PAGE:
Dyeing Emptied Eggs

 
 

Blown out eggs are more difficult to work with than full eggs simply because they’ve been emptied.  This causes two problems with dyeing:

           
  1. 1)The egg wants to float on the dye, as in the photo above

  2. 2) The dye can leak into the egg through the drainage hole.


How, then, does one get around these problems and successfully dye such eggs?

Seal the drainage hole. Closing off the hole in the end of the egg will prevent the dye leaking into the egg.  Why do we want to prevent this?  First of all, it’s messy.  What goes in will eventually come out, and dye running out of an egg can cause a mess on your hands, on your work area, on your counters, on your floors, and on the egg itself.  Second, dye which gets into the egg can also come out through the pores of the shell, which may be exposed if here has been any break in the inner membrane.  This will be extravasated through the pores out onto the shell, causing colored spots.

The hole can be closed simply with a bit of beeswax.  Some people roll a bit of wax into a small ball, and then stuff that into the hole.  They then seal it in by writing a line of wax around the base of the ball, where it meets the sides of the hole.  This will leave a white ring around the hole when the wax is removed at the end, but provides the most reliable seal.

Others use silicone plugs, which are convenient and easy to place.  However, plugs can leak if the hole is irregular, and twisting a plug in and out of the hole each time you dye (as is recommended) risks cracking the shell around the hole. This is a silicone plug sold by So Jeo on her Etsy site:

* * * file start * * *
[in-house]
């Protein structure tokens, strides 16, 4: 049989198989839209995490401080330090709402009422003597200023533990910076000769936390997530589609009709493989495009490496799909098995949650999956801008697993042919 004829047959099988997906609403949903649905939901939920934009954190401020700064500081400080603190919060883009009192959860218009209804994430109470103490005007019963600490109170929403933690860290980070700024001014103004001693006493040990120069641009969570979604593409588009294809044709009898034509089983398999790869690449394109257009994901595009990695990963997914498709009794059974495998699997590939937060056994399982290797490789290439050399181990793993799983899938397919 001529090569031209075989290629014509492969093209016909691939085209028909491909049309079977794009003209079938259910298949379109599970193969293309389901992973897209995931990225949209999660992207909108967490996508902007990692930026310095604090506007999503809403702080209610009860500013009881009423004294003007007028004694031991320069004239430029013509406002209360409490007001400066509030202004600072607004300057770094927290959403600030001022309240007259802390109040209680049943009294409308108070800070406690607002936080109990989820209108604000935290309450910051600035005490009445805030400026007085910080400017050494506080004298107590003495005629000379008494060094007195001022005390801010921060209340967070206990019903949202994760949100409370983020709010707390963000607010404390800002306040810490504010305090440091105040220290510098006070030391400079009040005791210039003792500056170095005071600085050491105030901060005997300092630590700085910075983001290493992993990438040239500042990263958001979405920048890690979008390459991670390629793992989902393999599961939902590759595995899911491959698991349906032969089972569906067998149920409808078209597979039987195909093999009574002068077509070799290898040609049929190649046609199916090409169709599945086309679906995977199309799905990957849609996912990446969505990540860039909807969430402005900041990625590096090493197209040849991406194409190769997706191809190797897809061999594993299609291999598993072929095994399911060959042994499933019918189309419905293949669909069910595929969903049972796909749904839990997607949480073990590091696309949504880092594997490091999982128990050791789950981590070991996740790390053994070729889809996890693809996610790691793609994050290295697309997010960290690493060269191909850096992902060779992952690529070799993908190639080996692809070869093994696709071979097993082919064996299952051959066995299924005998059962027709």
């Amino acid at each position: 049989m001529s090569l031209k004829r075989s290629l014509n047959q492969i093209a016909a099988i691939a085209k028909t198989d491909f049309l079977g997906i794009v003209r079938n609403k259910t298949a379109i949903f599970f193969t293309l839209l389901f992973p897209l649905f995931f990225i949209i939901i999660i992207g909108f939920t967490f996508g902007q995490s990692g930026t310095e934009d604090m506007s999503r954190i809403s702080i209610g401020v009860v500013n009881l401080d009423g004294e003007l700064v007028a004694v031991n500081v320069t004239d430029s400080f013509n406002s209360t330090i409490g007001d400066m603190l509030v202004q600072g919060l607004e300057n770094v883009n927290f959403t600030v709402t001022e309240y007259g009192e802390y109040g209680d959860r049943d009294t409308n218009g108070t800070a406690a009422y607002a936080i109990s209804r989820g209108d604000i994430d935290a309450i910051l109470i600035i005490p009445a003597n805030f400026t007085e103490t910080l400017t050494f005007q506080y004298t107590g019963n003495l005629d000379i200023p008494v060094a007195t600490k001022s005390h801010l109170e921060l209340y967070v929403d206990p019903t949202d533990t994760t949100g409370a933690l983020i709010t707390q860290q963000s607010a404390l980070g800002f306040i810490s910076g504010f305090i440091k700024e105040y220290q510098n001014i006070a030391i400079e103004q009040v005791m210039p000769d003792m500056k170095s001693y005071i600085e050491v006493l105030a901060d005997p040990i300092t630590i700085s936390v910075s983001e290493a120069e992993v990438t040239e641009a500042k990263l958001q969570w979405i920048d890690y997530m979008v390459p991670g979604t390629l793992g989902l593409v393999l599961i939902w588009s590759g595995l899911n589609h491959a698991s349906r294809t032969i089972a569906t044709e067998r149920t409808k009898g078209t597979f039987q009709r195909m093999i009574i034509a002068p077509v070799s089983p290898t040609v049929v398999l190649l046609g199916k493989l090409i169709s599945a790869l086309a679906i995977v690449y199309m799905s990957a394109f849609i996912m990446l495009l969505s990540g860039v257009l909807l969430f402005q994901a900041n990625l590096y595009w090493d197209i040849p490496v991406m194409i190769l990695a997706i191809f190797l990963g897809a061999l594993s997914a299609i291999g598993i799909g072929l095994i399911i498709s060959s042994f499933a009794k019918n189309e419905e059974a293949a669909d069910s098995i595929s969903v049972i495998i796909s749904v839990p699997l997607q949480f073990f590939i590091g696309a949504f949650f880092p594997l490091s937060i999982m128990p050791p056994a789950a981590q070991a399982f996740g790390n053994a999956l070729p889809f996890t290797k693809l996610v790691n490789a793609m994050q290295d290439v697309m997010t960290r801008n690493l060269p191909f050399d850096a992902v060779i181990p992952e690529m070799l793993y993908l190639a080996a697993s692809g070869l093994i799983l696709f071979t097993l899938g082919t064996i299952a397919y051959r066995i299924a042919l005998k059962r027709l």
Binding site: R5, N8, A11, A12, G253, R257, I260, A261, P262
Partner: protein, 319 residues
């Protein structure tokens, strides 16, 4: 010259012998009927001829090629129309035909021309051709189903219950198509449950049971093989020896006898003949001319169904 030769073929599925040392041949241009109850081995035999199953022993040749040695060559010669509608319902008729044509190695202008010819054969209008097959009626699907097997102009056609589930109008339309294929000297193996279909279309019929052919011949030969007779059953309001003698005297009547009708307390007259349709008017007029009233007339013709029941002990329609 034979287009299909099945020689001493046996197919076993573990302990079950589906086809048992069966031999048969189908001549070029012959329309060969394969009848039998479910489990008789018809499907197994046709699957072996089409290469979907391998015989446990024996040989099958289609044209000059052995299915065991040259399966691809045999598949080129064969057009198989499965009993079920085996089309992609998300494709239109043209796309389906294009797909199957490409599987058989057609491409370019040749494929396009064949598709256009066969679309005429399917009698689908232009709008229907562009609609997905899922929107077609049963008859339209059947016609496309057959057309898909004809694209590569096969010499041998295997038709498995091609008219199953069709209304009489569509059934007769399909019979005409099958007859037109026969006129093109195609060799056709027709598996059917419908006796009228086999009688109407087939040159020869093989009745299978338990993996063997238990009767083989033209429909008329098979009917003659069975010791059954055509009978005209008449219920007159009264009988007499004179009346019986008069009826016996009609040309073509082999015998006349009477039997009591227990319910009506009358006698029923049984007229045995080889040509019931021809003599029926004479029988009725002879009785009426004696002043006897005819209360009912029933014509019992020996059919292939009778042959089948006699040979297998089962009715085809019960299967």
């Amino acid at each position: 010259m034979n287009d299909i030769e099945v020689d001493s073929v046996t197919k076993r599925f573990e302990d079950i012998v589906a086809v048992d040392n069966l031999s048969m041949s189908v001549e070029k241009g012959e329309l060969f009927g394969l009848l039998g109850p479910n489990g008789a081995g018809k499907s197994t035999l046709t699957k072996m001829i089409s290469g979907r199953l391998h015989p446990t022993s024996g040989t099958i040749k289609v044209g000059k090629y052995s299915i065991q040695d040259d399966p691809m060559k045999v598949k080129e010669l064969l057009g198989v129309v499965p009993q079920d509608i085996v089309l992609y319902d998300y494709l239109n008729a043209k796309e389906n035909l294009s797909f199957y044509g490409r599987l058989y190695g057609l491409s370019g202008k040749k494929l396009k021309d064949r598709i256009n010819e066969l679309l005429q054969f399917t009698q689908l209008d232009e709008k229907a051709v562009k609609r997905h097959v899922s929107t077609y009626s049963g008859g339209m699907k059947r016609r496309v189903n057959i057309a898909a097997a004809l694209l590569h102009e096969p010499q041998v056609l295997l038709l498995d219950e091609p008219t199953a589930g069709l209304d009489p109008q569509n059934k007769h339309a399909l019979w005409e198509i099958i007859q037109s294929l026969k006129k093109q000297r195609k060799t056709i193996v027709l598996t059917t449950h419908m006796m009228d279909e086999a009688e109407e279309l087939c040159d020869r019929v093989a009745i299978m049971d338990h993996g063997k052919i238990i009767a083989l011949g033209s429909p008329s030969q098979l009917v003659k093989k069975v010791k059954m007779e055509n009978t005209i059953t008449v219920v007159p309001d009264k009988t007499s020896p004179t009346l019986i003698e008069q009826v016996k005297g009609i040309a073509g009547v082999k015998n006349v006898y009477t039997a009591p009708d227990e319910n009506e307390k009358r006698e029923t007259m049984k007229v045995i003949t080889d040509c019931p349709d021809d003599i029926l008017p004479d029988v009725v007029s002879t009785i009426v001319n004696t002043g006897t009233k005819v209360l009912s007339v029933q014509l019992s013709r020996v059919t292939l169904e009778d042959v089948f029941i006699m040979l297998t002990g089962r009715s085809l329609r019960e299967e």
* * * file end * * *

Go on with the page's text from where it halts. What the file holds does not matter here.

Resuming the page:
There is a third way, which I sometimes use.  I make the drainage holes with a Blas-Fix hand drill so they are small and uniform, like the one in this large chicken egg:


To fill this hole, I take a heavy stylus, fill it with wax, and blot off the excess wax on some paper towel.  I then take that stylus, and run it around the edge/rim of the hole, leaving a line of wax:


The egg is shown here sitting in a piece of an egg carton.  You can also hold in in your non-dominant hand. Keep writing around the edge, building up the wax, until the hole is completely covered over with wax.  This will seal the hole:


Some people will write another line around the edge of the plug to provide a tighter seal, and it’s not a bad idea.  I find about 10% of eggs sealed this way will leak, which is a real problem if you are using these eggs in a class. Also, make sure the egg is warm; placing hot beeswax into the opening will heat the air inside, causing it to get pushed out through the hole and causing splatter.

Now that the egg is plugged, you can write your design.  I prefer to plug first if closing with wax; sometimes you can get a bit of splatter of the hot wax, and it is easier to clean it up off of a blank egg than one with designs on it.  (Goof Off or mineral spirits and a sharp blade can usually take care of these bits of stray wax.) Silicone plugs get in your way while working on an egg, so those should be placed just before dyeing he egg.